For latest Lockdown 4 updates for this practice, click here, and to get onto the reopening waitlist for your choice of treatments, click here 

For latest Lockdown 4 updates for this practice, click here, and to get onto the reopening waitlist for your choice of treatments, click here 

And how some key exercises will help protect your back, hips, knees and ankles…

Written by FGHG Osteopath, Dr. Nicole Cukierman

Many of us spend hours a day sitting either at our desk, driving to and from work, or on the couch after a long day. This time usually increases over the winter months when we tend to hibernate to stay warm and spend less time outdoors. When in a seated position our buttocks muscles are inactive and overtime this can lead them to become weak and dormant.

Why does this matter you may ask? Well, our gluteal muscles are the biggest and one of the most important muscles in the body. They are necessary for pelvic stability and propulsion, standing, walking and running, supporting your core, strength when lifting and provide protection of our back, hips, knees and ankles. Gluteal dysfunction can present as tightness in the buttocks or hips, this can be sudden or gradual onset, you may have stiffness after rest and can experience weakness.

The gluteal muscles are made up of a group of three muscles; gluteus maximus, medius and minimus. Weakness or inactivity can cause malalignment of the pelvis and thigh bone. When this occurs our biomechanics change which may pose strain on various joints, for example a weak gluteus medius results in our hips rolling inwards placing excess strain on our knees and ankles. This can lead to a range of complaints such as tendonitis, bursitis and patella-femoral tracking syndrome. Furthermore; pelvic dysfunction or instability from poor gluteal function results in compensation by other muscles and vulnerability to our core, predisposing lower back pain.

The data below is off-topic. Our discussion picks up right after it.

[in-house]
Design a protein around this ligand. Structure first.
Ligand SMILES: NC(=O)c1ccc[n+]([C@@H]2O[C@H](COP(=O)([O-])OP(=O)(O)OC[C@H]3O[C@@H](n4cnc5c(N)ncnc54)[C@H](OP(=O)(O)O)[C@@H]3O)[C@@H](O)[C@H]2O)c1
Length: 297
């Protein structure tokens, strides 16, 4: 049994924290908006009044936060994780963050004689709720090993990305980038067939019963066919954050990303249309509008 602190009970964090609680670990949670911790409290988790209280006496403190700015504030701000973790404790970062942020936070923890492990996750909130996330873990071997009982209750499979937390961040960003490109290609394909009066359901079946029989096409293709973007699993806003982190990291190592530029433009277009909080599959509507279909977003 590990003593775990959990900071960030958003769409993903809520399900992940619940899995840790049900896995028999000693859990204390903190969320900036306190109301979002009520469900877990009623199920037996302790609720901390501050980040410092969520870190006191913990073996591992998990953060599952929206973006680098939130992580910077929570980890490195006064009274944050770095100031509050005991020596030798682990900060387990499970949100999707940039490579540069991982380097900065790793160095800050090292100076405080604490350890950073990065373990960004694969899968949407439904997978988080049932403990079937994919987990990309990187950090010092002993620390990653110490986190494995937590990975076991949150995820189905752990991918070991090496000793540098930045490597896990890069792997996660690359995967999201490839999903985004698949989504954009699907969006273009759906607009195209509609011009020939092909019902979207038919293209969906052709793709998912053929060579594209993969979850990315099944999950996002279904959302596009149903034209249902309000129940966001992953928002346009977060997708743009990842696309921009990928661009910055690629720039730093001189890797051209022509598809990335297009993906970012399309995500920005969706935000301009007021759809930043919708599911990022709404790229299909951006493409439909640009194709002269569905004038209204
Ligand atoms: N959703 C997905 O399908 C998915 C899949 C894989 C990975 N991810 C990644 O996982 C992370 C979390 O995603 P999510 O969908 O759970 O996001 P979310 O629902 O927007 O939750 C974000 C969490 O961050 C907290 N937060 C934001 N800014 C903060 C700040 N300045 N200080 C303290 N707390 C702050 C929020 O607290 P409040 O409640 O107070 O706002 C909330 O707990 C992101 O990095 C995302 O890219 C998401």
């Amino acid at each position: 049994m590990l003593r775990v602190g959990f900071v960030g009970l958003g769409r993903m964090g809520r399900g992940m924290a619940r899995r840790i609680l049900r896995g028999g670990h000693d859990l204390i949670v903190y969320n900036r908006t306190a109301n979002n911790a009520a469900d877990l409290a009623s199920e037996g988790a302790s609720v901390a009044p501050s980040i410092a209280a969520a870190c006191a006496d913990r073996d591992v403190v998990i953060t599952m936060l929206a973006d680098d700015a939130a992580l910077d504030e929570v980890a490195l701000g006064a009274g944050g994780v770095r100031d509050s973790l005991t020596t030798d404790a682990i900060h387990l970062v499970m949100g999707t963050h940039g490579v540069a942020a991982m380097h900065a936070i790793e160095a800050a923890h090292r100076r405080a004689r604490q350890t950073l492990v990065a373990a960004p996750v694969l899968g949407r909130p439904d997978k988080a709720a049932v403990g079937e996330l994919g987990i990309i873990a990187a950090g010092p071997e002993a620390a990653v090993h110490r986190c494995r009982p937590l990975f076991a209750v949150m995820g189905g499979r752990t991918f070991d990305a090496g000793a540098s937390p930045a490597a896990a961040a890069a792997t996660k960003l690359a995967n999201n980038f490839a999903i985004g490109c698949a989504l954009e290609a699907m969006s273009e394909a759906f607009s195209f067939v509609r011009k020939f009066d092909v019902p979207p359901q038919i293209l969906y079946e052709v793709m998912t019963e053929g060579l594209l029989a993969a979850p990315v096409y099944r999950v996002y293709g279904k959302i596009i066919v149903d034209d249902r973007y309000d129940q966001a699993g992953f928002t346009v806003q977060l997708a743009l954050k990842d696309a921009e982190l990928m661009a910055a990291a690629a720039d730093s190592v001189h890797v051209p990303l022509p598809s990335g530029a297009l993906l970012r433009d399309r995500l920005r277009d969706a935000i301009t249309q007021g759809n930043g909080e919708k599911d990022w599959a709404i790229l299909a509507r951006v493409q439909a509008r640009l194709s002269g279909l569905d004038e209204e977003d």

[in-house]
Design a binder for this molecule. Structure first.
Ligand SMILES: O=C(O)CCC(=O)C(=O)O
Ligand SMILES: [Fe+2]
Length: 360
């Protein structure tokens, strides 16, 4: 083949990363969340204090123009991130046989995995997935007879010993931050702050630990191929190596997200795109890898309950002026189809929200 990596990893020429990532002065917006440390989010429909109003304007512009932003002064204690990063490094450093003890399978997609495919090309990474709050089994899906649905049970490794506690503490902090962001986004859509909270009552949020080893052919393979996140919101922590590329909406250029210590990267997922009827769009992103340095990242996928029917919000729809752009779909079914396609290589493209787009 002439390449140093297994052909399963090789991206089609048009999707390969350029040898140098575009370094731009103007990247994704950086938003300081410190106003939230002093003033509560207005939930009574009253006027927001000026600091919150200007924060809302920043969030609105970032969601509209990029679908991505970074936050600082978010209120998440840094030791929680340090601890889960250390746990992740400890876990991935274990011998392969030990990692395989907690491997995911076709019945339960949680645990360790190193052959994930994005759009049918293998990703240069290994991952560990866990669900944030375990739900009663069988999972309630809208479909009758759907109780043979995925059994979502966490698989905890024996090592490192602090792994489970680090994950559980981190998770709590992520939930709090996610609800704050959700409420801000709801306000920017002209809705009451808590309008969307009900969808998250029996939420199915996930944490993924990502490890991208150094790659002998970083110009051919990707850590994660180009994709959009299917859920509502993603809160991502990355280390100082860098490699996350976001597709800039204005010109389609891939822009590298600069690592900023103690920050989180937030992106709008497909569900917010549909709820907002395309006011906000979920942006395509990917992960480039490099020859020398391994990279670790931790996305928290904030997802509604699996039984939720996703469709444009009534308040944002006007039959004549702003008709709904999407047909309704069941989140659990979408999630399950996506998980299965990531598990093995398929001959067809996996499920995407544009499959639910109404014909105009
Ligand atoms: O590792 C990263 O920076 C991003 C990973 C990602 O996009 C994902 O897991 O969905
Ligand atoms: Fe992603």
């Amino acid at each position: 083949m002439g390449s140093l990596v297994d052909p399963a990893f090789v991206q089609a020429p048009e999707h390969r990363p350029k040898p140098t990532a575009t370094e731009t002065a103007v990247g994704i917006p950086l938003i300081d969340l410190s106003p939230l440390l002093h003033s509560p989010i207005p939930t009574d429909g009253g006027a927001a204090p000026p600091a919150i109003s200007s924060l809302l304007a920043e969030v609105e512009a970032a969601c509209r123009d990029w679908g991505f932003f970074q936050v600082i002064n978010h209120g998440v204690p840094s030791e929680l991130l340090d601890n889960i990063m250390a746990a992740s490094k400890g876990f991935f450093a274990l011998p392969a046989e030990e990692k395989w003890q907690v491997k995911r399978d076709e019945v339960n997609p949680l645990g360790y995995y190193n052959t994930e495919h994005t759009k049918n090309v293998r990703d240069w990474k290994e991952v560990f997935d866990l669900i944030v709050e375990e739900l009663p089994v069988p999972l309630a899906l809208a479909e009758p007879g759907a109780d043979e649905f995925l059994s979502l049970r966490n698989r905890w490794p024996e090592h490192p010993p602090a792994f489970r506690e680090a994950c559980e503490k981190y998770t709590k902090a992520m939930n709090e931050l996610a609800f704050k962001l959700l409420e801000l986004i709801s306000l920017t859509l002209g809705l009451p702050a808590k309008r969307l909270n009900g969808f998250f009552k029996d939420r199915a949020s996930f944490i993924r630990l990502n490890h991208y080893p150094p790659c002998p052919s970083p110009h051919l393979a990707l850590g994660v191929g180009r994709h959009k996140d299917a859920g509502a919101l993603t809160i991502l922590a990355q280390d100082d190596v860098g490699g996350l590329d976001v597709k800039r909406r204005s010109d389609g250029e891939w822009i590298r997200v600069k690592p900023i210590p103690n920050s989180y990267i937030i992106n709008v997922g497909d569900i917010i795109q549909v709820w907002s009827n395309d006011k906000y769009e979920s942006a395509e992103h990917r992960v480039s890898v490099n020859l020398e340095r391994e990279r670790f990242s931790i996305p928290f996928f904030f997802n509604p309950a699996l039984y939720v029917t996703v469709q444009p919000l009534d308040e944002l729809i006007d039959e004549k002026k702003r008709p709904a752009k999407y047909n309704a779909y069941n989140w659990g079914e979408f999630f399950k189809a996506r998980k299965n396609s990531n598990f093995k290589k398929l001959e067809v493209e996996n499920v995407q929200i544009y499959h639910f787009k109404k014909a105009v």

Below are some simple, yet effective gluteal exercise you can perform to ensure your gluteal muscles are working at optimal function. Perform 3 sets of 10 repetitions for supine bridges and complete clam shell & donkey kick exercises on each side. Repeat crab walks twice, 10 times each direction.

 

Written by Dr Nicole Cukierman, FGHG Osteopath

Nicole enjoys treating a wide variety of patients and has a particular interest working with babies, children and women during pregnancy. Her knowledge in paediatrics and antenatal care has been enhanced through extra courses in the osteopathic treatment and management of children and women during pregnancy. She is also proficient in dry needling and myofascial cupping with experience managing acute and repetitive strain injuries though her work as a sports trainer.